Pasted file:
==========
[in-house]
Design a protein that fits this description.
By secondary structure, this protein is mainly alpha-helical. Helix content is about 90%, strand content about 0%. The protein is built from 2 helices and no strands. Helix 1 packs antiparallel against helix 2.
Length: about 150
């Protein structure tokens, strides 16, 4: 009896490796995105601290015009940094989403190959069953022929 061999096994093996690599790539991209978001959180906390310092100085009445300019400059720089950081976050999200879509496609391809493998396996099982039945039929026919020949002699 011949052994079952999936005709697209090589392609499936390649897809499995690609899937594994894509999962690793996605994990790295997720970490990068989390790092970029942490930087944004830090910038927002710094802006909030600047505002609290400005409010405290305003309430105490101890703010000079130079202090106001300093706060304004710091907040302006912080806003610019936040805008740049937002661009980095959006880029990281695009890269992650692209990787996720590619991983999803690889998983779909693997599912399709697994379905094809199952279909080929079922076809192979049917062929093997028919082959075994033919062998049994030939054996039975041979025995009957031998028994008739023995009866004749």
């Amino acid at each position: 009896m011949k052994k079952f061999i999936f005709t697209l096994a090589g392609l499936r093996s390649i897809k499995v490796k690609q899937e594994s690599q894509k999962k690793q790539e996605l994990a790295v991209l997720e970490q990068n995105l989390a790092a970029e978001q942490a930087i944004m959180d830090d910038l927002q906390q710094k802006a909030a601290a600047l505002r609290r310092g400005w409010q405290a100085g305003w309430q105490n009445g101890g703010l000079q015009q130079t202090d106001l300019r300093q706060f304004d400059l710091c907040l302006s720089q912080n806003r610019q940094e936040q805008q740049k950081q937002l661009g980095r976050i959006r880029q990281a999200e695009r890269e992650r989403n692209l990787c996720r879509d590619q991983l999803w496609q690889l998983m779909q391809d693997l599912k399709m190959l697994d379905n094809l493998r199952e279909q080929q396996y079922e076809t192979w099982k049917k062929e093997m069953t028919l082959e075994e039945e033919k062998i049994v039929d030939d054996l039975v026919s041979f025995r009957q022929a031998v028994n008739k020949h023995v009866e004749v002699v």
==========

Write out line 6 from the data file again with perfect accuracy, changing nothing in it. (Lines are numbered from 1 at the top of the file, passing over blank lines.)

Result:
């Amino acid at each position: 009896m011949k052994k079952f061999i999936f005709t697209l096994a090589g392609l499936r093996s390649i897809k499995v490796k690609q899937e594994s690599q894509k999962k690793q790539e996605l994990a790295v991209l997720e970490q990068n995105l989390a790092a970029e978001q942490a930087i944004m959180d830090d910038l927002q906390q710094k802006a909030a601290a600047l505002r609290r310092g400005w409010q405290a100085g305003w309430q105490n009445g101890g703010l000079q015009q130079t202090d106001l300019r300093q706060f304004d400059l710091c907040l302006s720089q912080n806003r610019q940094e936040q805008q740049k950081q937002l661009g980095r976050i959006r880029q990281a999200e695009r890269e992650r989403n692209l990787c996720r879509d590619q991983l999803w496609q690889l998983m779909q391809d693997l599912k399709m190959l697994d379905n094809l493998r199952e279909q080929q396996y079922e076809t192979w099982k049917k062929e093997m069953t028919l082959e075994e039945e033919k062998i049994v039929d030939d054996l039975v026919s041979f025995r009957q022929a031998v028994n008739k020949h023995v009866e004749v002699v």